Hobart Town Gazette and Southern Reporter (Tas. : 1816 – 1821), Saturday 3 July 1819, page 1 On Tuesday died in the Colonial Hospital, the native woman usually called Black Mary, particularly known as having been at one time the … Continue reading Spotlight: Death of “Black” Mary Cockerill
A showcase of some of the female historians and authors that are reshaping our understanding of bushrangers. Continue reading Bushranging: A Female Perspective
Sydney Gazette and New South Wales Advertiser (NSW : 1803 – 1842), Thursday 24 June 1830, page 2 On the afternoon of Saturday last, as Dr. Sherwin was riding on the Windsor road; in the neighbourhood of Parramatta, two men, whom he supposes to have been Donohoe and Underwood, rushed from the side of the road, commanded him to stop, and laying hold of the horse’s reins, led him and the rider for some distance into the bush. They then commenced a diligent search on the Doctor’s person, and took from him his gold watch, and a case of lancets. … Continue reading Spotlight: Donohoe and Underwood Rob a Doctor
A transcript from the trial of one of Jack Donohoe’s accomplices, Walmsley. Continue reading Spotlight: John Walmsley on trial
The country now became more open, and our view was extended over undulating downs of thinly-wooded pasturage, with the blue tips of the western mountains rising in the distance. Here we met another curiosity of the morning, lt was no less than the ruins of a hut belonging to the notorious bushman, Michael Howe.
WHEREAS it has been represented to the Government that William Westwood, by the Ship Mangles (7), a Prisoner of the Crown, commonly known by the name of Jacky Jacky, who was convicted at the late Circuit Court, at Berrima, and sentenced to Transportation for Life, has effected his escape from the Watch-house at Picton, and is now at large :— His Excellency the Governor directs it to be notified, that a reward of Twenty Pounds will be paid to any Free person or persons who shall apprehend the said Jacky Jacky, and lodge him in any of Her Majesty’s Gaols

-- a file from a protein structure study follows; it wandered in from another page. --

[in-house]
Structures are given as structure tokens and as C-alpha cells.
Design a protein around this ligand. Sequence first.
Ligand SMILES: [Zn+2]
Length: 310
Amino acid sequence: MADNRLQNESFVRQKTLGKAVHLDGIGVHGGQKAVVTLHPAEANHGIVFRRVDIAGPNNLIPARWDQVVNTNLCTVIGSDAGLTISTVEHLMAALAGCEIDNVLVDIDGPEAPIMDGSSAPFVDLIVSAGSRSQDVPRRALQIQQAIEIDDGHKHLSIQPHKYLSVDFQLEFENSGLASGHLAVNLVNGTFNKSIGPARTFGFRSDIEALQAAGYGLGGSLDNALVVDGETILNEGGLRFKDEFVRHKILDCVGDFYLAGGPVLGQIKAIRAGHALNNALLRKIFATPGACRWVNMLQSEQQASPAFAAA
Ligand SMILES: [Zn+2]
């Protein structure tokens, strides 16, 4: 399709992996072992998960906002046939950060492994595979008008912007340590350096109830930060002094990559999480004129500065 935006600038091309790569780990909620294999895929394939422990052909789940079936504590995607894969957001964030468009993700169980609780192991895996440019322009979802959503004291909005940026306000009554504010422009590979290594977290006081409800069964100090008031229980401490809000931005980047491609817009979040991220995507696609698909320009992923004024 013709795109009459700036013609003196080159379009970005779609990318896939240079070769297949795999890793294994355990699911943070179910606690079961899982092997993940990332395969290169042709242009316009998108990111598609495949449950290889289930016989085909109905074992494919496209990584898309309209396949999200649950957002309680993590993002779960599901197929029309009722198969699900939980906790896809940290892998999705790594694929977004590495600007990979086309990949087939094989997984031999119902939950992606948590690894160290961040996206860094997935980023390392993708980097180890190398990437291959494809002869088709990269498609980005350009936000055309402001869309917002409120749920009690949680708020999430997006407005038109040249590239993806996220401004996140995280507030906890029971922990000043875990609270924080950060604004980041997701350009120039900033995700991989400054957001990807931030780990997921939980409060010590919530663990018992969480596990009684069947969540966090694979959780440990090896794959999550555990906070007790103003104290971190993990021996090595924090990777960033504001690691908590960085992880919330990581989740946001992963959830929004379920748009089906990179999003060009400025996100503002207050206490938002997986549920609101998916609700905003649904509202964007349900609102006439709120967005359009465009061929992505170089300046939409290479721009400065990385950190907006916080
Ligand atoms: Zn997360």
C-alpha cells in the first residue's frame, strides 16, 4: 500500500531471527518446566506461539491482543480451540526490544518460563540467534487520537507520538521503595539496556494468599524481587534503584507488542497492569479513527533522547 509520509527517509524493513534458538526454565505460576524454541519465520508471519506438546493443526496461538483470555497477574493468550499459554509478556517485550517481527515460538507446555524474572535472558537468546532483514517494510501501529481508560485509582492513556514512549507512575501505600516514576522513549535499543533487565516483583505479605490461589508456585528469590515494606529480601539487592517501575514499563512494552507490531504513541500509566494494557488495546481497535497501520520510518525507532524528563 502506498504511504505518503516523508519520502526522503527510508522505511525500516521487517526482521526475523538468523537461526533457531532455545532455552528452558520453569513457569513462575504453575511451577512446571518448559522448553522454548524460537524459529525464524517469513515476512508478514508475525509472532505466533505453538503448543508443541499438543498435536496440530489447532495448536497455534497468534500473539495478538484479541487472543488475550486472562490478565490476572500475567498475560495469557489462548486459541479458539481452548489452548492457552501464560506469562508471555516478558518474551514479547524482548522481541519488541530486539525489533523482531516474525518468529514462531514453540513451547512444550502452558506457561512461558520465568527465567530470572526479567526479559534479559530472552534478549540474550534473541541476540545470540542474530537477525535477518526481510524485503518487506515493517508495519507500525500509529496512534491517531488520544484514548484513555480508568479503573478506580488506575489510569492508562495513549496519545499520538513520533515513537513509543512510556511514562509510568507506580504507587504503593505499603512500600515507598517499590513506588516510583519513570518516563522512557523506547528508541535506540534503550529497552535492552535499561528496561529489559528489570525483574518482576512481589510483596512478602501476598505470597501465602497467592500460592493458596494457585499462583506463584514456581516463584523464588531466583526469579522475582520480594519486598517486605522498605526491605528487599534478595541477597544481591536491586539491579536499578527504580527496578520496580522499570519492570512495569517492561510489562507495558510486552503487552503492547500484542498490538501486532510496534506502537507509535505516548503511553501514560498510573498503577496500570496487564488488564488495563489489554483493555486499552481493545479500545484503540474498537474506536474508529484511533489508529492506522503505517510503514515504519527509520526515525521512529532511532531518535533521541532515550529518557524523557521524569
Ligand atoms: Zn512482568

On Saturday last, the following criminals received sentence of death :- Matthew Brady, Patrick Bryant, James Goodwin, James M’Kenny John Gregory, William Tilly, William Brown, and Samuel Hodgetts, (the above eight composed the residue of the gang of bushrangers of which Dunne only remained at large.) Thomas Jeffries, John Perry, and James Hopkins, whose horrid crimes are fresh in the recollection of the Public and John Thompson, for the murder of Margaret Smith in the watch-house. His Honor Chief Justice PEDDER, addressed the unhappy men in the most feeling manner. He stated to them, that the Law had awarded the punishment of death to the crimes of the least magnitude amongst them. Those of the greatest were attended with circumstances of atrocity, that he should only shock the feelings of the auditory by repeating them.
On Tuesday morning the bushrangers Brady, Bryant, Tilley, McKenney, Brown, Gregory, and Hodgetts, were put upon their trial for making an assault on William Andrews, a private of the 40th, at Bagdad, on the 26th of December last, and stealing his gun. The Jury returned a verdict of guilty against Brady, Bryant, Gregory, Tilley, and Brown, and acquitted McKenney and Hodgetts, their being no evidence to prove that they were present at the time.
WHEREAS JOHN DONOHOE, who was convicted of Highway Robbery, and received sentence of Death on the 1st March last, effected his escape while on his return from the Court House to the Gaol :– Notice is hereby given, that a reward of twenty pounds will be paid to any Person or Persons who may apprehend and lodge the said John Donohoe in one of His Majesty’s Gaols.
On Saturday, Jeffries the murderer, Perry, and Hopkins, were found guilty of stealing a gun, meat, and other articles, from the dwelling-house of Joseph Railton, near Launceston. They had been brought up on the Thursday previous, but owing to the absence of a witness on the part of Hopkins, the trial was postponed.